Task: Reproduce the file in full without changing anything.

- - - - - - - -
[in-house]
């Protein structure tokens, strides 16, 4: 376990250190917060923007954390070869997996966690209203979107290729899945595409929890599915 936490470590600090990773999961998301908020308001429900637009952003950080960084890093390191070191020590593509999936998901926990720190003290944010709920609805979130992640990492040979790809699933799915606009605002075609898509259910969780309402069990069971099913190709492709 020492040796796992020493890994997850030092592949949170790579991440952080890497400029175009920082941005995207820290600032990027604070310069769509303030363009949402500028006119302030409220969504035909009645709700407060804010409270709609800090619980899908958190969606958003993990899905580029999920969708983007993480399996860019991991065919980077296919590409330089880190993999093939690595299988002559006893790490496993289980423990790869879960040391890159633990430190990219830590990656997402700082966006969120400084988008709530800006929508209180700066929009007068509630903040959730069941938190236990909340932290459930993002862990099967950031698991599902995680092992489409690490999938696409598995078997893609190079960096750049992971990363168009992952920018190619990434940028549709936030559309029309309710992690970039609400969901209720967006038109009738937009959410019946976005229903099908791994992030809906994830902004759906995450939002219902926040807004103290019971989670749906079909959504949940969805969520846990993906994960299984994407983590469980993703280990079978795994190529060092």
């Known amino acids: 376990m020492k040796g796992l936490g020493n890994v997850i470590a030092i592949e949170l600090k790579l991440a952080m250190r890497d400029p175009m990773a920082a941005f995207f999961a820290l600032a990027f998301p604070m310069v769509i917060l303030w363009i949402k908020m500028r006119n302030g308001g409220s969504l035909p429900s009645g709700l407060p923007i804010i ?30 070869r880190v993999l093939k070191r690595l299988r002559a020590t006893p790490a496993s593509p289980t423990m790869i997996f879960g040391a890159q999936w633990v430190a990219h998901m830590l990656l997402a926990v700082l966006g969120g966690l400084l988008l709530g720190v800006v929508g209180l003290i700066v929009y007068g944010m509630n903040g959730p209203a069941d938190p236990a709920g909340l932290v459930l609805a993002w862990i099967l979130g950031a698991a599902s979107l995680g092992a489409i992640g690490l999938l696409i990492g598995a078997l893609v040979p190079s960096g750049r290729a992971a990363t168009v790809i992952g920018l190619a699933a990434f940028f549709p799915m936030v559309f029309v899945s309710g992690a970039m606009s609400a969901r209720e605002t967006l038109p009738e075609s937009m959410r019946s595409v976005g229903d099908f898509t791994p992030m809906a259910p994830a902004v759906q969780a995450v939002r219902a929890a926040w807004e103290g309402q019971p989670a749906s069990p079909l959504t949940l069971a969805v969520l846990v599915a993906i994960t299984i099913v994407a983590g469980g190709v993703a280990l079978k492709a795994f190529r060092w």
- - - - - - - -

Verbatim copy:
[in-house]
């Protein structure tokens, strides 16, 4: 376990250190917060923007954390070869997996966690209203979107290729899945595409929890599915 936490470590600090990773999961998301908020308001429900637009952003950080960084890093390191070191020590593509999936998901926990720190003290944010709920609805979130992640990492040979790809699933799915606009605002075609898509259910969780309402069990069971099913190709492709 020492040796796992020493890994997850030092592949949170790579991440952080890497400029175009920082941005995207820290600032990027604070310069769509303030363009949402500028006119302030409220969504035909009645709700407060804010409270709609800090619980899908958190969606958003993990899905580029999920969708983007993480399996860019991991065919980077296919590409330089880190993999093939690595299988002559006893790490496993289980423990790869879960040391890159633990430190990219830590990656997402700082966006969120400084988008709530800006929508209180700066929009007068509630903040959730069941938190236990909340932290459930993002862990099967950031698991599902995680092992489409690490999938696409598995078997893609190079960096750049992971990363168009992952920018190619990434940028549709936030559309029309309710992690970039609400969901209720967006038109009738937009959410019946976005229903099908791994992030809906994830902004759906995450939002219902926040807004103290019971989670749906079909959504949940969805969520846990993906994960299984994407983590469980993703280990079978795994190529060092």
């Known amino acids: 376990m020492k040796g796992l936490g020493n890994v997850i470590a030092i592949e949170l600090k790579l991440a952080m250190r890497d400029p175009m990773a920082a941005f995207f999961a820290l600032a990027f998301p604070m310069v769509i917060l303030w363009i949402k908020m500028r006119n302030g308001g409220s969504l035909p429900s009645g709700l407060p923007i804010i ?30 070869r880190v993999l093939k070191r690595l299988r002559a020590t006893p790490a496993s593509p289980t423990m790869i997996f879960g040391a890159q999936w633990v430190a990219h998901m830590l990656l997402a926990v700082l966006g969120g966690l400084l988008l709530g720190v800006v929508g209180l003290i700066v929009y007068g944010m509630n903040g959730p209203a069941d938190p236990a709920g909340l932290v459930l609805a993002w862990i099967l979130g950031a698991a599902s979107l995680g092992a489409i992640g690490l999938l696409i990492g598995a078997l893609v040979p190079s960096g750049r290729a992971a990363t168009v790809i992952g920018l190619a699933a990434f940028f549709p799915m936030v559309f029309v899945s309710g992690a970039m606009s609400a969901r209720e605002t967006l038109p009738e075609s937009m959410r019946s595409v976005g229903d099908f898509t791994p992030m809906a259910p994830a902004v759906q969780a995450v939002r219902a929890a926040w807004e103290g309402q019971p989670a749906s069990p079909l959504t949940l069971a969805v969520l846990v599915a993906i994960t299984i099913v994407a983590g469980g190709v993703a280990l079978k492709a795994f190529r060092w």